In late March, the Daily Texan, published a cartoon about the Trayvon Martin shooting that called Martin a “colored boy” and claimed the media’s reporting of the shooting was a case of yellow journalism. The backlash was immediate, both locally and nationally. Students protested outside the Daily Texan‘s offices and later met with the paper’s editorial board and demanded an explanation for the cartoon.
While the paper’s leadership initially maintained that they allowed the cartoon to run because the Daily Texan‘s opinion pages are intended to be an open “forum for people across campus,” within 24 hours the editorial board began apologizing for the cartoon and announced that they would no longer publish Stephanie Eisner’s cartoons.
The Daily Texan is engaged in some self reflection, examining how issues of race and diversity on campus are covered in its pages. In the last two months, Daily Texan staffers have attended workshops and met with members of student minority organizations. And on April 25, the paper began publishing a series aimed at addressing the issues of race, racism and diversity on the UT campus. So far the Texan has published five stories in the series:
- Latino freshmen defy statistics by attending college, becoming role models
- Greek life helps unify minority students
- Malcolm X Lounge offers safe haven to students of all races
- A history of racial controversy at the Daily Texan
- Fixtures symbolize UT’s complicated racial past, present and future
While members of the Daily Texan editorial board did not respond to emails from the TM Daily Post for comment about the articles, the fourth piece touched on what the paper hopes to achieve with the series: “Hopefully, moving forward the Texan will have better coverage of the entire campus community and better representation of all of our students,” current Texan editor-in-chief Viviana Aldous said in the story.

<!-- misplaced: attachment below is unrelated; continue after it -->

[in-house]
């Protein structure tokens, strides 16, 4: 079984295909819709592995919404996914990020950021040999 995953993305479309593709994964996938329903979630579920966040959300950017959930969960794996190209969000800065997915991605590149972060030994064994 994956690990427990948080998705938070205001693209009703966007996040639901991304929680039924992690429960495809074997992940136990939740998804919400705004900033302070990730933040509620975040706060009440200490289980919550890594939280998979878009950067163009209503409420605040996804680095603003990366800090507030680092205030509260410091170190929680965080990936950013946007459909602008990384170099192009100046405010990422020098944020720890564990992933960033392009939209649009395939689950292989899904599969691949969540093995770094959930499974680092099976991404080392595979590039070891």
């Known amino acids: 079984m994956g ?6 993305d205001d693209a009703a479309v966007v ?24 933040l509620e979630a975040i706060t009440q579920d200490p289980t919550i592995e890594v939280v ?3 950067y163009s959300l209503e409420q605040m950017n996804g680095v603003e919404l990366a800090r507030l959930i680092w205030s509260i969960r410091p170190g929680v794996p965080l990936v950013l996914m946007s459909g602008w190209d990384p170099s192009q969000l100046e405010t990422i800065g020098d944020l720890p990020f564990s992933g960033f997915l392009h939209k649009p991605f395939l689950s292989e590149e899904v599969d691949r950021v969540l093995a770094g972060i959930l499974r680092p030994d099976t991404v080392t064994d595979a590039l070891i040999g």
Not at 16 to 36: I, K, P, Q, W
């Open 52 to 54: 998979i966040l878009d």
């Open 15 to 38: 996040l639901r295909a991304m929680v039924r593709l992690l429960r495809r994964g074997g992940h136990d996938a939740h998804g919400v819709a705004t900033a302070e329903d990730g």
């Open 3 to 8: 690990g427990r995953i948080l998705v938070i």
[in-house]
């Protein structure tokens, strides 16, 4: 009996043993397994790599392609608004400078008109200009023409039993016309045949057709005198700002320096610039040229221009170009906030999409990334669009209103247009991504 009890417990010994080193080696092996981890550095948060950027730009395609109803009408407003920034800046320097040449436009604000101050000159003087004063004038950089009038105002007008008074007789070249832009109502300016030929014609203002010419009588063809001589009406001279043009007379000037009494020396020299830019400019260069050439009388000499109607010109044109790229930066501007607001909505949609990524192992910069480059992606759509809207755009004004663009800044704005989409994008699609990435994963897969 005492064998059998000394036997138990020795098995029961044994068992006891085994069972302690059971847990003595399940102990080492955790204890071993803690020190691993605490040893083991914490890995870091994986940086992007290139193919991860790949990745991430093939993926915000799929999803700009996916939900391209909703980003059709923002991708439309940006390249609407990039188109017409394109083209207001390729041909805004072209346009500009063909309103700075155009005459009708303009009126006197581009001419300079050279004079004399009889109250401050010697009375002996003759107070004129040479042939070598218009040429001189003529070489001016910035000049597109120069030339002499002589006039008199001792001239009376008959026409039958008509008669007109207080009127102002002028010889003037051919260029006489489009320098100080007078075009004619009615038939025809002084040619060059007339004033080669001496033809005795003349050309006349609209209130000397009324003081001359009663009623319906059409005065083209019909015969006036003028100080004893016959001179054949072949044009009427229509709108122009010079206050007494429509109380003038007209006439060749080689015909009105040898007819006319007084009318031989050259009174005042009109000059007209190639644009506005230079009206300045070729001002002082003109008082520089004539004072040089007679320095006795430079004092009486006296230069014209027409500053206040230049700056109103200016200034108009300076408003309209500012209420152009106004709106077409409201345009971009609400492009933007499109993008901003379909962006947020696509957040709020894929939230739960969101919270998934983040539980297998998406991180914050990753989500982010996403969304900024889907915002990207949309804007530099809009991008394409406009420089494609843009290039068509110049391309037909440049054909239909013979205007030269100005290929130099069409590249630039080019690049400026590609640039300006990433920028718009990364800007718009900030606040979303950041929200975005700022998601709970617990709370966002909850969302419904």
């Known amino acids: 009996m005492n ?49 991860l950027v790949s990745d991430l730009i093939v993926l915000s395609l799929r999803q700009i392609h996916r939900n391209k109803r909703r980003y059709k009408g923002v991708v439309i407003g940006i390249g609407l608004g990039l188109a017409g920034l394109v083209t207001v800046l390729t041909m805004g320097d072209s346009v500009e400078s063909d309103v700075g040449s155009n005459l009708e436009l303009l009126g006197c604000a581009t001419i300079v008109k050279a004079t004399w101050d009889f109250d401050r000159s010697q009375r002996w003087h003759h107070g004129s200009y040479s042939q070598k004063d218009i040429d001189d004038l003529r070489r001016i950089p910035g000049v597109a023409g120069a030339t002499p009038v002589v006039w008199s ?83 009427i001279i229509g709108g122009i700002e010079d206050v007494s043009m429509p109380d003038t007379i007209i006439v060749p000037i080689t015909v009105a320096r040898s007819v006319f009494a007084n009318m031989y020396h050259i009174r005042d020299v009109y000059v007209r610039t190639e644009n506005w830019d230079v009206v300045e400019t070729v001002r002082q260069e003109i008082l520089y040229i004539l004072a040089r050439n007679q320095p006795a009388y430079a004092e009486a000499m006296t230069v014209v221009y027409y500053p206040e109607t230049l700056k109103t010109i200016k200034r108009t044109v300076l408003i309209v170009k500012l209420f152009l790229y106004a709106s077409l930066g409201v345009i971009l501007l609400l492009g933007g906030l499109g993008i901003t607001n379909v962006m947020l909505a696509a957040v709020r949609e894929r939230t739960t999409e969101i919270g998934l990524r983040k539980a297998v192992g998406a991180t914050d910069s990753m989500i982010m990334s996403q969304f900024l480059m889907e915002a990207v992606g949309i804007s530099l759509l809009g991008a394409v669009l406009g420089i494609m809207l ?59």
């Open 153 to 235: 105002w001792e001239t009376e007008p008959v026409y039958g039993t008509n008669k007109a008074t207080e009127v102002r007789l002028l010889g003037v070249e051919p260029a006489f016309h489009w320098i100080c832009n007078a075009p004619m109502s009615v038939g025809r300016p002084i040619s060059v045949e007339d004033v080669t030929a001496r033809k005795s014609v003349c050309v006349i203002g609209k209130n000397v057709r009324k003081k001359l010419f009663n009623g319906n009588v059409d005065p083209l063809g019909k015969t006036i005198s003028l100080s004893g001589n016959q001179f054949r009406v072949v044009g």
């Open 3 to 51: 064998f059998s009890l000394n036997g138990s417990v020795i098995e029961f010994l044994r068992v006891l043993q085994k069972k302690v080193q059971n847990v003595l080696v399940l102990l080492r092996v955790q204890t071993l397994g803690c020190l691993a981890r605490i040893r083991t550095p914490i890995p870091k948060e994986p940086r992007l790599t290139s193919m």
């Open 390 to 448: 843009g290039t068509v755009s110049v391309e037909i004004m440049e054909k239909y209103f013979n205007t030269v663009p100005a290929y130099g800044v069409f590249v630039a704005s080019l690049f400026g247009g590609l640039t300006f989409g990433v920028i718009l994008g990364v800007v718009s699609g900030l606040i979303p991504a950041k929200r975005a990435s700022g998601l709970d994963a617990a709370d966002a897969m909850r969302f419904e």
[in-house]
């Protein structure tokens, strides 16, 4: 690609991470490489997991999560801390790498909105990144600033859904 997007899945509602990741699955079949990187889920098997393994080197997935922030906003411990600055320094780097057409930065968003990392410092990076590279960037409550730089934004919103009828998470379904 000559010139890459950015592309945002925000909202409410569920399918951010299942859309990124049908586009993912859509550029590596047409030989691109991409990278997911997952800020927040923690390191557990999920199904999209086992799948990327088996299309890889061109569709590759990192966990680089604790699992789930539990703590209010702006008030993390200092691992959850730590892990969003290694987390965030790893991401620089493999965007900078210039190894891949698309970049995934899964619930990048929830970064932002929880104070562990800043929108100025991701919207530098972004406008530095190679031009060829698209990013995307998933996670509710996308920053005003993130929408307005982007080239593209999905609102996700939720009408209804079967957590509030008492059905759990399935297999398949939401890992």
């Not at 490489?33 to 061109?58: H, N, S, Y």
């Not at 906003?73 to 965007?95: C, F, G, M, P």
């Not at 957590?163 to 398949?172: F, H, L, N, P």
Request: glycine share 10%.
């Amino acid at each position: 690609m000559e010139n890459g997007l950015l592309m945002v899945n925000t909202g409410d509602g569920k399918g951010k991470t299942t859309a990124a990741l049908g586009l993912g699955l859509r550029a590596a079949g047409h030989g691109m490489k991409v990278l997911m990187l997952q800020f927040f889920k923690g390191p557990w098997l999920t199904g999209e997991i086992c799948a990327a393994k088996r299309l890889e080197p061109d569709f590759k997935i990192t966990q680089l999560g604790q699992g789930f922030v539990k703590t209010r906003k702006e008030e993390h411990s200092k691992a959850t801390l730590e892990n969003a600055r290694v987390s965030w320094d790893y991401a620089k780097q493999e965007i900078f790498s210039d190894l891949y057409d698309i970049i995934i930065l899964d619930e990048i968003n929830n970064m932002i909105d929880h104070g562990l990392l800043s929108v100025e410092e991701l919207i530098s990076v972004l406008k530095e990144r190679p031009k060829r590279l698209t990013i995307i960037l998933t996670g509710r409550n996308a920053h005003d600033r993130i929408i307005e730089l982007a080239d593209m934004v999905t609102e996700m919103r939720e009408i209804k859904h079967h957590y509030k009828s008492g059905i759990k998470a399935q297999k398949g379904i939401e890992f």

That same piece, which looks at the Texan‘s history covering race back to the paper’s founding in 1900, acknowledges that the Trayvon Martin cartoon was “latest in a long line of incidents” of racial controversy in its pages. “These flashpoints at the Texan seem to pop up fairly frequently,” journalism professor Robert Jensen said.
For example, in 1957, the paper’s editorial board slammed the decision to give a black woman the lead female role in an opera, because she would have had to perform opposite a white male. “Even if the girl chosen had the best voice, and we do not doubt that she did, it would have seemed only the better part of discretion and wisdom not to cast her in a romantic role opposite a white male lead,” the editorial board wrote.
In 1991, the paper ran a full-page ad from the Committee for Open Debate on the Holocaust that questioned whether the Holocaust really occurred. And in 1997, after the U.S. Supreme Court in Hopwood v. Texas blocked the university from using affirmative action in its admissions process, the Texan ran an op-ed from UT Law Professor Lino Graglia in which he wrote that “blacks and Mexican-Americans are not academically competitive with whites and Asians. Racial preferences is simply an attempt to conceal or wish away this unwelcome fact.” That op-ed spurred outrage and drew Rev. Jesse Jackson to speak to a rally of 5,000 people in Austin. The paper later ran an editorial cartoon depicting a Hispanic student activist “on horseback wearing a sombrero and carrying a rifle.”
Professor Jenson described how the paper can improve its future coverage: “To change, The Daily Texan will have to commit to the project of trying to transcend its racist past and the white supremacist culture,” Jensen said. “One thing that will have to happen is that the staff has to go through a brutal process of self-reflection.”